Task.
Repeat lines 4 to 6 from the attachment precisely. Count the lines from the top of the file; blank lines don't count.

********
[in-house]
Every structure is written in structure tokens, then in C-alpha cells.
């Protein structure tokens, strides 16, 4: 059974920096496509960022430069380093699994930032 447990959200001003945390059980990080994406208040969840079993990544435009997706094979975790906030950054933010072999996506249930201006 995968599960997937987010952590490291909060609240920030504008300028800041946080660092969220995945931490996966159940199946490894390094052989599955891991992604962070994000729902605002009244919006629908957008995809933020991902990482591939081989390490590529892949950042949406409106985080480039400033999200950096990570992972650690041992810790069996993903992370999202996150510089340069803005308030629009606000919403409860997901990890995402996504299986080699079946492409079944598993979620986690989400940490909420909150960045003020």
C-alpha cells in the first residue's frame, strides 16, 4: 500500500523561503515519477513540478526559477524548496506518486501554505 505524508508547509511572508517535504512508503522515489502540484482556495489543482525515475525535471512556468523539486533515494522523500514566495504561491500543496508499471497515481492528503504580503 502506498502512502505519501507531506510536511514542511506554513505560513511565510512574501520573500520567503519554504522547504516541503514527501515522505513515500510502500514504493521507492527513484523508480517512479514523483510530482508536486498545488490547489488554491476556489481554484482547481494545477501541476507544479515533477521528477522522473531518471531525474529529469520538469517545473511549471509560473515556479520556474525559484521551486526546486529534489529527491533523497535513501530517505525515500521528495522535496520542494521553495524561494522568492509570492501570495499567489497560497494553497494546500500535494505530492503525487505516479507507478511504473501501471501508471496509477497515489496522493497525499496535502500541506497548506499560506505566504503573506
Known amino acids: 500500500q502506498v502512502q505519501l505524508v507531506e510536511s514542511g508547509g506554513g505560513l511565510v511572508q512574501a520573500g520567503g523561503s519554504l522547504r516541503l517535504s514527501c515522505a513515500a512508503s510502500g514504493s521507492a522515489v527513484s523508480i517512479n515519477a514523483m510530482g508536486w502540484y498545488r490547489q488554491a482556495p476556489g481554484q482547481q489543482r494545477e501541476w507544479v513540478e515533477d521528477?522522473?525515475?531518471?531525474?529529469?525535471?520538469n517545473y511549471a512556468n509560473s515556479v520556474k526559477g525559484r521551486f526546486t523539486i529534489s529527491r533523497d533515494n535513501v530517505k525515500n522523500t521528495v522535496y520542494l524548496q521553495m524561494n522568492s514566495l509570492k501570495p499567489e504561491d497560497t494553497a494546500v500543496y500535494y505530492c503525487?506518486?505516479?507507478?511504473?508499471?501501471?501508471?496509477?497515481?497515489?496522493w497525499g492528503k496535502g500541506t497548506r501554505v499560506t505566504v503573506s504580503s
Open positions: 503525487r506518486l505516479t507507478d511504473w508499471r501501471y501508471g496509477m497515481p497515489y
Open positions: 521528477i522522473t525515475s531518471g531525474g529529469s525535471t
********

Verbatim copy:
C-alpha cells in the first residue's frame, strides 16, 4: 500500500523561503515519477513540478526559477524548496506518486501554505 505524508508547509511572508517535504512508503522515489502540484482556495489543482525515475525535471512556468523539486533515494522523500514566495504561491500543496508499471497515481492528503504580503 502506498502512502505519501507531506510536511514542511506554513505560513511565510512574501520573500520567503519554504522547504516541503514527501515522505513515500510502500514504493521507492527513484523508480517512479514523483510530482508536486498545488490547489488554491476556489481554484482547481494545477501541476507544479515533477521528477522522473531518471531525474529529469520538469517545473511549471509560473515556479520556474525559484521551486526546486529534489529527491533523497535513501530517505525515500521528495522535496520542494521553495524561494522568492509570492501570495499567489497560497494553497494546500500535494505530492503525487505516479507507478511504473501501471501508471496509477497515489496522493497525499496535502500541506497548506499560506505566504503573506
Known amino acids: 500500500q502506498v502512502q505519501l505524508v507531506e510536511s514542511g508547509g506554513g505560513l511565510v511572508q512574501a520573500g520567503g523561503s519554504l522547504r516541503l517535504s514527501c515522505a513515500a512508503s510502500g514504493s521507492a522515489v527513484s523508480i517512479n515519477a514523483m510530482g508536486w502540484y498545488r490547489q488554491a482556495p476556489g481554484q482547481q489543482r494545477e501541476w507544479v513540478e515533477d521528477?522522473?525515475?531518471?531525474?529529469?525535471?520538469n517545473y511549471a512556468n509560473s515556479v520556474k526559477g525559484r521551486f526546486t523539486i529534489s529527491r533523497d533515494n535513501v530517505k525515500n522523500t521528495v522535496y520542494l524548496q521553495m524561494n522568492s514566495l509570492k501570495p499567489e504561491d497560497t494553497a494546500v500543496y500535494y505530492c503525487?506518486?505516479?507507478?511504473?508499471?501501471?501508471?496509477?497515481?497515489?496522493w497525499g492528503k496535502g500541506t497548506r501554505v499560506t505566504v503573506s504580503s
Open positions: 503525487r506518486l505516479t507507478d511504473w508499471r501501471y501508471g496509477m497515481p497515489y